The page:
However, Britons tend to think stop and search powers make little difference to crimes like graffiti (46% of both white and ethnic minority Britons think stop and search makes no difference) and sexual violence (67% and 56% respectively say stop and search makes no difference).
Can Britons identify their rights if they’re stopped and searched by the police?
We asked the public to say whether they thought a series of statements about stop and search were true or false. Most of the public – both white and ethnic minority Britons – correctly answered most of the questions.
However, ethnic minority Britons are much more likely to erroneously think they can be stopped and searched based on their nationality and race (31%) than white Britons (13%). According to law, nobody can be stopped and searched based only on nationality or race. Some 72% of white Britons and 53% of ethnic minority Britons correctly answered this question.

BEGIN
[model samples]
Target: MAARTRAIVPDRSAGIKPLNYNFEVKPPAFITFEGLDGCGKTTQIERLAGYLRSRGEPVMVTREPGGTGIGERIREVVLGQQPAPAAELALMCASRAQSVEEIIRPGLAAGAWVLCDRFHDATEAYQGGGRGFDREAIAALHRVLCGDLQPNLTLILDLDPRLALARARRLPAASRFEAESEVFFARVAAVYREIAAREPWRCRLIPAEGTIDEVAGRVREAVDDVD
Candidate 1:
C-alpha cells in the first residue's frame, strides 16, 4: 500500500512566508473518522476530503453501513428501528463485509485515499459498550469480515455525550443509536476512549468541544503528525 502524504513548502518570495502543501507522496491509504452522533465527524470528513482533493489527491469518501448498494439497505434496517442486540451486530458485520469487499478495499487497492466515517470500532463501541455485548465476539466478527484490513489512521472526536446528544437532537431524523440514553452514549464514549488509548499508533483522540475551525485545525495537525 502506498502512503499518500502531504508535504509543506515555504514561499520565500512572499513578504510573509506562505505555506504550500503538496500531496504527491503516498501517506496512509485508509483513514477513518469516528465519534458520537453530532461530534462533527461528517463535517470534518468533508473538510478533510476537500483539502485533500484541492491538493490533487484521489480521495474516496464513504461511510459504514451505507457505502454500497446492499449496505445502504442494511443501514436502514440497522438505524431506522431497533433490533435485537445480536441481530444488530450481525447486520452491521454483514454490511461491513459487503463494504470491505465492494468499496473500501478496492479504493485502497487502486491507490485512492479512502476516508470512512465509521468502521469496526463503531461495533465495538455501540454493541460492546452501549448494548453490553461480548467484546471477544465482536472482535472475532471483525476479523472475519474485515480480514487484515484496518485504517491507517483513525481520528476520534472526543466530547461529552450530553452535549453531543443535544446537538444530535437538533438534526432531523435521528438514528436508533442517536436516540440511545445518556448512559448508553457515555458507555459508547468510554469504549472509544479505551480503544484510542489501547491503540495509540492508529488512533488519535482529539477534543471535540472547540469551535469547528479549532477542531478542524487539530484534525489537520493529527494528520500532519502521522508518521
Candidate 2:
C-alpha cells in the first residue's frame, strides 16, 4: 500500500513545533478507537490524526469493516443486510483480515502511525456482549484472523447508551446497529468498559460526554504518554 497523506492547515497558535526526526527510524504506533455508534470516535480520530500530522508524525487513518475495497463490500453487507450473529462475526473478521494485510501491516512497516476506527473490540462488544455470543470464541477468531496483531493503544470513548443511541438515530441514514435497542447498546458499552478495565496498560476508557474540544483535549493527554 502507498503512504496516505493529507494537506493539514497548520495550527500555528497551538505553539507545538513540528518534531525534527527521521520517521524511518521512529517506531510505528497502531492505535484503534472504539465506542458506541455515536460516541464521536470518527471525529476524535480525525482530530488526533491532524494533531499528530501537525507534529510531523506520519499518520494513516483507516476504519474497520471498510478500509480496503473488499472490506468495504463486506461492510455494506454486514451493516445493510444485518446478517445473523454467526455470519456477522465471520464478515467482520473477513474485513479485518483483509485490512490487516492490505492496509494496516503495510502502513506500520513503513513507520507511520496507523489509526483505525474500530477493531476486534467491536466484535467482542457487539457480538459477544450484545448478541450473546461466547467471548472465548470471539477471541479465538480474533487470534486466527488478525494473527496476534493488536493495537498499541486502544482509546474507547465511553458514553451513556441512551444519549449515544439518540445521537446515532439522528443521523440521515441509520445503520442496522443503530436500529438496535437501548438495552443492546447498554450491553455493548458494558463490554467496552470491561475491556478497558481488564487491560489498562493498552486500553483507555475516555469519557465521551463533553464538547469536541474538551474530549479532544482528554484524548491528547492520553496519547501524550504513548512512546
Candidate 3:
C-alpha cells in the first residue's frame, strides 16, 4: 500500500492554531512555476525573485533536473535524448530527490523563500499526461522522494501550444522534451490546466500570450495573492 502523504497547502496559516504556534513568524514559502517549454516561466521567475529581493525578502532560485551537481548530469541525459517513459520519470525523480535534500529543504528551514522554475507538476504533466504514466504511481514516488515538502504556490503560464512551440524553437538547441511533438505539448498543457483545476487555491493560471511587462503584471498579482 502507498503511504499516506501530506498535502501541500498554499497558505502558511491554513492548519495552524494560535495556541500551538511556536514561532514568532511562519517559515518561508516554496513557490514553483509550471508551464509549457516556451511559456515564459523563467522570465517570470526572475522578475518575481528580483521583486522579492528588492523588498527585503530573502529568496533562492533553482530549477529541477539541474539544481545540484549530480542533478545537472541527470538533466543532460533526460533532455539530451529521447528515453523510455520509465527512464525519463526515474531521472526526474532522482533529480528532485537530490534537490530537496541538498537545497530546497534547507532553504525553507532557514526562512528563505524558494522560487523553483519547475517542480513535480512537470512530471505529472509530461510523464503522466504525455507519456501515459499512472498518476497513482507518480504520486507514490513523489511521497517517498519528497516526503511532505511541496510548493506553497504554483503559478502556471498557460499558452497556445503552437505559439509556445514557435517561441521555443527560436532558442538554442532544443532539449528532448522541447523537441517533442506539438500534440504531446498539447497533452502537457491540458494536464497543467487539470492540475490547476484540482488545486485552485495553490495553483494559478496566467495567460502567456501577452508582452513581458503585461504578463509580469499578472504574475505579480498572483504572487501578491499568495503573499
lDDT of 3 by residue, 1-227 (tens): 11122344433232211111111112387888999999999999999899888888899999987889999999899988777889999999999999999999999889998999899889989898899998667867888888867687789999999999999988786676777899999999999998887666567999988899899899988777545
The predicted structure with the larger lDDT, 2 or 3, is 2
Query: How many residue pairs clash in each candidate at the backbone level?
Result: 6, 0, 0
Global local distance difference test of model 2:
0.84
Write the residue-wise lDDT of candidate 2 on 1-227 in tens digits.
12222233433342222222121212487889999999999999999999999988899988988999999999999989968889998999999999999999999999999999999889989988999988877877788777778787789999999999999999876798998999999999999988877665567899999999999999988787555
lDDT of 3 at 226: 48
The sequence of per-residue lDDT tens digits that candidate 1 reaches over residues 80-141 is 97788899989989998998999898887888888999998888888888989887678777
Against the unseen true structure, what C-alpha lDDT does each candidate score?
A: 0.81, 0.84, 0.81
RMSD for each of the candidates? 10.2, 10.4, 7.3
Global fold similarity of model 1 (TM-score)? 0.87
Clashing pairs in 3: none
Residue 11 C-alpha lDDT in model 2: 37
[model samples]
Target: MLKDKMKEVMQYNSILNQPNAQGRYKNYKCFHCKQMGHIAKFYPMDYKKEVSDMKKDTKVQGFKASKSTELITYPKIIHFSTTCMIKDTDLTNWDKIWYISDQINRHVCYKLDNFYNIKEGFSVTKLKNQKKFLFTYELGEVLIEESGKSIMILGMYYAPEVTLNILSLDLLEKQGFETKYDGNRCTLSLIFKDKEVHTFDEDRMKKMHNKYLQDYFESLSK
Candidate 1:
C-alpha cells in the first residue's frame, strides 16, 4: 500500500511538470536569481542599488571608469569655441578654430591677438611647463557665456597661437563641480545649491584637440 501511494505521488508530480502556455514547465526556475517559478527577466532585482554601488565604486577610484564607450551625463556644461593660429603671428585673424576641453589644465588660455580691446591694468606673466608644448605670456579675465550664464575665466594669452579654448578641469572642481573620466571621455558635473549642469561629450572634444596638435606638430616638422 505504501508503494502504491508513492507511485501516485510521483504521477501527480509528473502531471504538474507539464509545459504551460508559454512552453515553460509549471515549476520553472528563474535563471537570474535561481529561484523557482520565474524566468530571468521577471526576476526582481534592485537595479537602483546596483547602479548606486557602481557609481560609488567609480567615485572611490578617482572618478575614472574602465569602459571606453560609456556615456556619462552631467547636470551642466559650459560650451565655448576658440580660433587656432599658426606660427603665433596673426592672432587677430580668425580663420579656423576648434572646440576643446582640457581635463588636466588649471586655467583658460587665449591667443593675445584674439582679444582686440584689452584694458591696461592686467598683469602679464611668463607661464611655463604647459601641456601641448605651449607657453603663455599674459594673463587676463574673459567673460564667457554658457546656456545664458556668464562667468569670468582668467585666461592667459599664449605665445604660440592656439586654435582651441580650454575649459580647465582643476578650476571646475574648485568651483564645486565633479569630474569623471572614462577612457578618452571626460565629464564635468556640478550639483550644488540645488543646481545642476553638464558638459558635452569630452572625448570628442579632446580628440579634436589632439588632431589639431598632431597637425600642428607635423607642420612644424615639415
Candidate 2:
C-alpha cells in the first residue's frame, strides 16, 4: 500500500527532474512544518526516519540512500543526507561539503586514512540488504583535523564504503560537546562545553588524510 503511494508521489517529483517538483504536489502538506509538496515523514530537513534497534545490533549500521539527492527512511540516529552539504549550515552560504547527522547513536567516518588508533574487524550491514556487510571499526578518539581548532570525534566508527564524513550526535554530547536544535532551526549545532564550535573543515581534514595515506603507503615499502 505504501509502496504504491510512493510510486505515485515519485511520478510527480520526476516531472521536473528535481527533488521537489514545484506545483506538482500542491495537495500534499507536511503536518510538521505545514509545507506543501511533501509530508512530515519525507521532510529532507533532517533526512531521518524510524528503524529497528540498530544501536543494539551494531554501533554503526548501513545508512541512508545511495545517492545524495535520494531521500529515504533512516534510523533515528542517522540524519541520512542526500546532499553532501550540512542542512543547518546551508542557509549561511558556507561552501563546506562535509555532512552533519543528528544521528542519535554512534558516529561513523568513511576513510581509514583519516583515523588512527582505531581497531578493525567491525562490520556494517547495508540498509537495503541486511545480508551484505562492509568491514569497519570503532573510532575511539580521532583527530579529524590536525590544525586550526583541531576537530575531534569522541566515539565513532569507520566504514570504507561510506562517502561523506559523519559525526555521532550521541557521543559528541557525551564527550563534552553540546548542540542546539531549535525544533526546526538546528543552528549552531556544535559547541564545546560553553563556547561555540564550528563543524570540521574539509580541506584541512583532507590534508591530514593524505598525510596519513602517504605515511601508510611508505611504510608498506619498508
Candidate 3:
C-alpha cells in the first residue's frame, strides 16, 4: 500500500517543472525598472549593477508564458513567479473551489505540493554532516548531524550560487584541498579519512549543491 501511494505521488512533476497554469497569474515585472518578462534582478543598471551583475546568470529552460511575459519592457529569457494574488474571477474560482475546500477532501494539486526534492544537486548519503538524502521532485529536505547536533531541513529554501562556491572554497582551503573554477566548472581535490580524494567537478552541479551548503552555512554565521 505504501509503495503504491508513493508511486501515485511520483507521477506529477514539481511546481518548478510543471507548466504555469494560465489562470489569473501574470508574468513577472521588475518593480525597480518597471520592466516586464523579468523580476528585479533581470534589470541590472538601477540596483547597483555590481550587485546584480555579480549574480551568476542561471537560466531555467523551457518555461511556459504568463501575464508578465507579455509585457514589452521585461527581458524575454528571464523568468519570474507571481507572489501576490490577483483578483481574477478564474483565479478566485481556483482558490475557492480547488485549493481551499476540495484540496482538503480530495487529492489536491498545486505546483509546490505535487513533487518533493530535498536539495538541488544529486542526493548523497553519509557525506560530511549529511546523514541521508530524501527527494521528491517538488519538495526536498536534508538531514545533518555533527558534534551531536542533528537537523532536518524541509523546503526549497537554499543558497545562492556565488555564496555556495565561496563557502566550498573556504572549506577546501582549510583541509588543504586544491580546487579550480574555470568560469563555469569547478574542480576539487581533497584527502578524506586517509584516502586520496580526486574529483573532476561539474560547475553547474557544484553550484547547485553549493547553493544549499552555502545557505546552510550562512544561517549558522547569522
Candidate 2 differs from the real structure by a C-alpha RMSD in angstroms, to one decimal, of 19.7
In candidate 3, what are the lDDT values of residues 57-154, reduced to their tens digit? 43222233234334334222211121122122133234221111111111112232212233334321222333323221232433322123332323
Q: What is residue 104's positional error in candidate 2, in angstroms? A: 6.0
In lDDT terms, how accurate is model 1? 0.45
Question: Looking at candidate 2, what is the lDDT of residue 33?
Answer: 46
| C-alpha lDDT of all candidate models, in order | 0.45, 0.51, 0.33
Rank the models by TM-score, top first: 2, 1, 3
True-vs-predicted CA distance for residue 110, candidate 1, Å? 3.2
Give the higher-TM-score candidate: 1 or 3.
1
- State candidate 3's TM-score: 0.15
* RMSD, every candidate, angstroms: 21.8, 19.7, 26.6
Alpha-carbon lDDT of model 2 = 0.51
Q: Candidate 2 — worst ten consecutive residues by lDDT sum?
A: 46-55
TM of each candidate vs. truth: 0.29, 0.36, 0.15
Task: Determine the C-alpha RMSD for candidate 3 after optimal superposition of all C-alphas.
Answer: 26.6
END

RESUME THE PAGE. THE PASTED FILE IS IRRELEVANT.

There were two statements that more of the public got wrong than right. Just 29% of white Britons and 31% of ethnic minority Britons correctly said that a police officer from the opposite sex can search someone during a stop and search, with 43% and 41% respectively incorrectly answering this question. Men are more likely to correctly answer this question than women: 34-36% of men correctly said that an officer of the opposite sex can stop and search someone, compared to 25-26% of women.
Finally, just 24% of white Britons and 28% of ethnic minority Britons know that you do not always have to give the police your name, address and date of birth during a stop and search, with 45% and 44% respectively giving an incorrect answer to this statement.